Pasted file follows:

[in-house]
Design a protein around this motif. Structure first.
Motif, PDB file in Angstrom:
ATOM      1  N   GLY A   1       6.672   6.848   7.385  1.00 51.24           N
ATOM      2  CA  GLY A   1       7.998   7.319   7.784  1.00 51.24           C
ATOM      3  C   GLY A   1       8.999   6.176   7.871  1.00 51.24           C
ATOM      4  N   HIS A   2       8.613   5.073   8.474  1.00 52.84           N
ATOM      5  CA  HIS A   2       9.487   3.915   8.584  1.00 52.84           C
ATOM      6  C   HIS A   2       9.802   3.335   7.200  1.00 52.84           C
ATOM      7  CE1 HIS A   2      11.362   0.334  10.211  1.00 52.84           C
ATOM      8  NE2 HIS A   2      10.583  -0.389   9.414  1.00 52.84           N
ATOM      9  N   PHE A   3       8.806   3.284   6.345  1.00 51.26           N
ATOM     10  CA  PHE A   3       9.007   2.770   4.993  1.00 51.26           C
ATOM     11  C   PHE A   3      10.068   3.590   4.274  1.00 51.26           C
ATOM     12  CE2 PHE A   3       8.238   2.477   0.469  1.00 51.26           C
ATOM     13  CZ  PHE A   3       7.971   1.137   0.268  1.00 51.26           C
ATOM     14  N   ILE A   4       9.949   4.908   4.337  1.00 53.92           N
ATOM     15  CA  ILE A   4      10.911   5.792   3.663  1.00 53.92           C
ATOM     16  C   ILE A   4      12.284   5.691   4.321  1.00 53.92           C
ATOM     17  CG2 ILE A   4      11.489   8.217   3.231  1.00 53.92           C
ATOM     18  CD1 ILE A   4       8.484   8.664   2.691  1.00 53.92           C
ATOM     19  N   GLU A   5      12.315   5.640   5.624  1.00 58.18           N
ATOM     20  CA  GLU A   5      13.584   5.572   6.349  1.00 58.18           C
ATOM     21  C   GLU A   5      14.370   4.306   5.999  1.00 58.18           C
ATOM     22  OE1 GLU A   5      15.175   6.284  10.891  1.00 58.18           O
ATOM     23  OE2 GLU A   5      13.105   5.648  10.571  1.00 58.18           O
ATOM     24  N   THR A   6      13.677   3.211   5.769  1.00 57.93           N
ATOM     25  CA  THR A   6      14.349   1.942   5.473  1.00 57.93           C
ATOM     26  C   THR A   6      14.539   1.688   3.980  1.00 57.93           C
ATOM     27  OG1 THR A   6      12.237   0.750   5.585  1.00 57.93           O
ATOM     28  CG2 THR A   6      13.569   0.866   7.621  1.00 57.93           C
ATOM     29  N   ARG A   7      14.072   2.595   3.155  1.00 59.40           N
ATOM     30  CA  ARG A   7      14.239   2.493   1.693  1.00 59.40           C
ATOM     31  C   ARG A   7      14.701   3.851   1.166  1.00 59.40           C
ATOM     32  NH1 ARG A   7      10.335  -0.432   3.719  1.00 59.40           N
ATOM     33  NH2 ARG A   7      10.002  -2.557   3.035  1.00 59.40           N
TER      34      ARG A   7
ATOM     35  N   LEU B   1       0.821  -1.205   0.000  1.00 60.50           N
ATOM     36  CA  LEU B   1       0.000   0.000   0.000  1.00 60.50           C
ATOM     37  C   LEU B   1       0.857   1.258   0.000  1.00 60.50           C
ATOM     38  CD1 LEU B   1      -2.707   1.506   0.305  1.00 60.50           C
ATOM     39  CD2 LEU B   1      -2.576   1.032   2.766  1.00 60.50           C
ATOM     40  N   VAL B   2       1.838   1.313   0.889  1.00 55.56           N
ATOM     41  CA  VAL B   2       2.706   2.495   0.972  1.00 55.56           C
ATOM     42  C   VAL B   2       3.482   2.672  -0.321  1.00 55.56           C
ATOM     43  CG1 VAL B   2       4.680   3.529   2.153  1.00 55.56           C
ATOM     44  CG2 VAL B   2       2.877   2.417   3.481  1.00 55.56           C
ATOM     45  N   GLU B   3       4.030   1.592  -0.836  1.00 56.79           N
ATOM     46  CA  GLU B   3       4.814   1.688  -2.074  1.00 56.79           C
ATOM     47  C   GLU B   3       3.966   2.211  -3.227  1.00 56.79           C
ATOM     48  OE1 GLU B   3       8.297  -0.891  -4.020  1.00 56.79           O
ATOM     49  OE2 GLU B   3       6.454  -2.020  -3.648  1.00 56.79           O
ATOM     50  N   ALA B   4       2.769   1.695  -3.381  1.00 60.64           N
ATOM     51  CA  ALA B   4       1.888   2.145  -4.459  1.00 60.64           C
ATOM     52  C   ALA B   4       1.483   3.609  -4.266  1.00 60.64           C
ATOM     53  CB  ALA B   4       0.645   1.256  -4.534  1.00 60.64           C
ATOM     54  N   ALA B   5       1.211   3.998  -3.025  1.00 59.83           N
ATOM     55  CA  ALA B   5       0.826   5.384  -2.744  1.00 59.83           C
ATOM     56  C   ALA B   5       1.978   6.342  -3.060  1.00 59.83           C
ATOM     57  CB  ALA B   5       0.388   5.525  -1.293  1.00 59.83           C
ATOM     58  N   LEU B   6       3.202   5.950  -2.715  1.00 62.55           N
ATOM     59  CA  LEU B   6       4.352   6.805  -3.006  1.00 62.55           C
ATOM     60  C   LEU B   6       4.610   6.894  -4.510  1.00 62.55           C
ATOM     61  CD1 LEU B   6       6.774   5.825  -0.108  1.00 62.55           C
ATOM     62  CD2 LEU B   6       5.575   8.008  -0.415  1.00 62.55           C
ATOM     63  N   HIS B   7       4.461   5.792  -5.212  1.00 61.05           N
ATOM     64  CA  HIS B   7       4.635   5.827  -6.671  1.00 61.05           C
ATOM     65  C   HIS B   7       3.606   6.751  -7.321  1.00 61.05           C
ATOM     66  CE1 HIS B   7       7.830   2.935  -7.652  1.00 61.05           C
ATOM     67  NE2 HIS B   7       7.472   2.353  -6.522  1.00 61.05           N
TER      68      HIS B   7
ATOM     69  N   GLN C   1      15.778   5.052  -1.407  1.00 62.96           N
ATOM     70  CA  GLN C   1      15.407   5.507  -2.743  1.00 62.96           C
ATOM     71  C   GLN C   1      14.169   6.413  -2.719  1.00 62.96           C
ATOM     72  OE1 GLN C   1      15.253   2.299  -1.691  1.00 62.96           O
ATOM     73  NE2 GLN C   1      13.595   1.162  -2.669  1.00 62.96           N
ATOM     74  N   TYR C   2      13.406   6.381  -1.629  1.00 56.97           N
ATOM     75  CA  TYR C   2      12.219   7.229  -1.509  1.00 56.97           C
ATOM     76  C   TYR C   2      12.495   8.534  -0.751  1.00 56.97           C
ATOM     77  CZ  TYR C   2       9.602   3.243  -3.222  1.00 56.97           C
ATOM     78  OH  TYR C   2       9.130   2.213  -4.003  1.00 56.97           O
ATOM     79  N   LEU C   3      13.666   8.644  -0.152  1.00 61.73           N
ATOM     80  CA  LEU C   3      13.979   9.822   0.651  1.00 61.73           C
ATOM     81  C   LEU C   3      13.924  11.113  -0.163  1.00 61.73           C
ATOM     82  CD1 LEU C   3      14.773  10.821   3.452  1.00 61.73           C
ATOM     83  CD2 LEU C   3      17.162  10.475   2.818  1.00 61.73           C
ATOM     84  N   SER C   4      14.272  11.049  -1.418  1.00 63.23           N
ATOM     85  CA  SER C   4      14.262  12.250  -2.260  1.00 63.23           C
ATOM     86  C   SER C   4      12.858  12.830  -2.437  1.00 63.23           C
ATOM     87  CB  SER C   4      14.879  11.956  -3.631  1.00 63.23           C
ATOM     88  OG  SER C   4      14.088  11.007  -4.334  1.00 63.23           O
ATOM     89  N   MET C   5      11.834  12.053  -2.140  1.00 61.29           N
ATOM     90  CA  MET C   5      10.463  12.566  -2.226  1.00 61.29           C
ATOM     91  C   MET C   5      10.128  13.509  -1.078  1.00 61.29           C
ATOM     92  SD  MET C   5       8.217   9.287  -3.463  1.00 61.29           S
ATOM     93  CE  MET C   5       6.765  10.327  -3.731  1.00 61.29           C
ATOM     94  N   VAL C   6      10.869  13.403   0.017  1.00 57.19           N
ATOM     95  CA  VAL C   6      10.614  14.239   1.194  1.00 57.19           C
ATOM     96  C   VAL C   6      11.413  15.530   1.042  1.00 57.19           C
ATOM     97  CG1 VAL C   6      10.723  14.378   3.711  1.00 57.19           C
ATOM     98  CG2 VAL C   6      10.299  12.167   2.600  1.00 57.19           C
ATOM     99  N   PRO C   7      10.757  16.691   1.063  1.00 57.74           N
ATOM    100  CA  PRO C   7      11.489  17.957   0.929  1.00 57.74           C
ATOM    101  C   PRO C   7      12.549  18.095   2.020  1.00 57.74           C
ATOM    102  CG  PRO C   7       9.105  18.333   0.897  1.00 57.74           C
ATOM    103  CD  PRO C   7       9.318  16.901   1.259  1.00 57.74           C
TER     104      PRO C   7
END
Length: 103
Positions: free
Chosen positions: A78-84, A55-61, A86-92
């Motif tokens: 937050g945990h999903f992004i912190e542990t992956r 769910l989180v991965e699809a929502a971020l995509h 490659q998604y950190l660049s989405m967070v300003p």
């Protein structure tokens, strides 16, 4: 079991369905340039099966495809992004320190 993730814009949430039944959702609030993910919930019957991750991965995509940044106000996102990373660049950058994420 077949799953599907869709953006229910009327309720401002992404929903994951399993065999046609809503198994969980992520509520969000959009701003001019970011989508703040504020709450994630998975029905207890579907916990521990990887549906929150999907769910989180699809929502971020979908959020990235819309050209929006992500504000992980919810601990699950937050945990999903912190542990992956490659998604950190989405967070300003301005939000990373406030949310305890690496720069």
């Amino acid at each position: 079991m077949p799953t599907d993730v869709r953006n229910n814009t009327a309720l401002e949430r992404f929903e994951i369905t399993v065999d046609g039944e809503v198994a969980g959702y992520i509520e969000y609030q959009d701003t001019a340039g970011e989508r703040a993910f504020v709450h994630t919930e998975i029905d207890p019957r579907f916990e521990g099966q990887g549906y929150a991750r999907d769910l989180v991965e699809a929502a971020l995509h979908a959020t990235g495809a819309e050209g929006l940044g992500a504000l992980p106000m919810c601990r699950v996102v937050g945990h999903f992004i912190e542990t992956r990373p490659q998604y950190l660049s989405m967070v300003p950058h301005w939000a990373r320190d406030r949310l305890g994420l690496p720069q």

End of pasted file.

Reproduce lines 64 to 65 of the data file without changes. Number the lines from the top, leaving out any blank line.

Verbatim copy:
ATOM     61  CD1 LEU B   6       6.774   5.825  -0.108  1.00 62.55           C
ATOM     62  CD2 LEU B   6       5.575   8.008  -0.415  1.00 62.55           C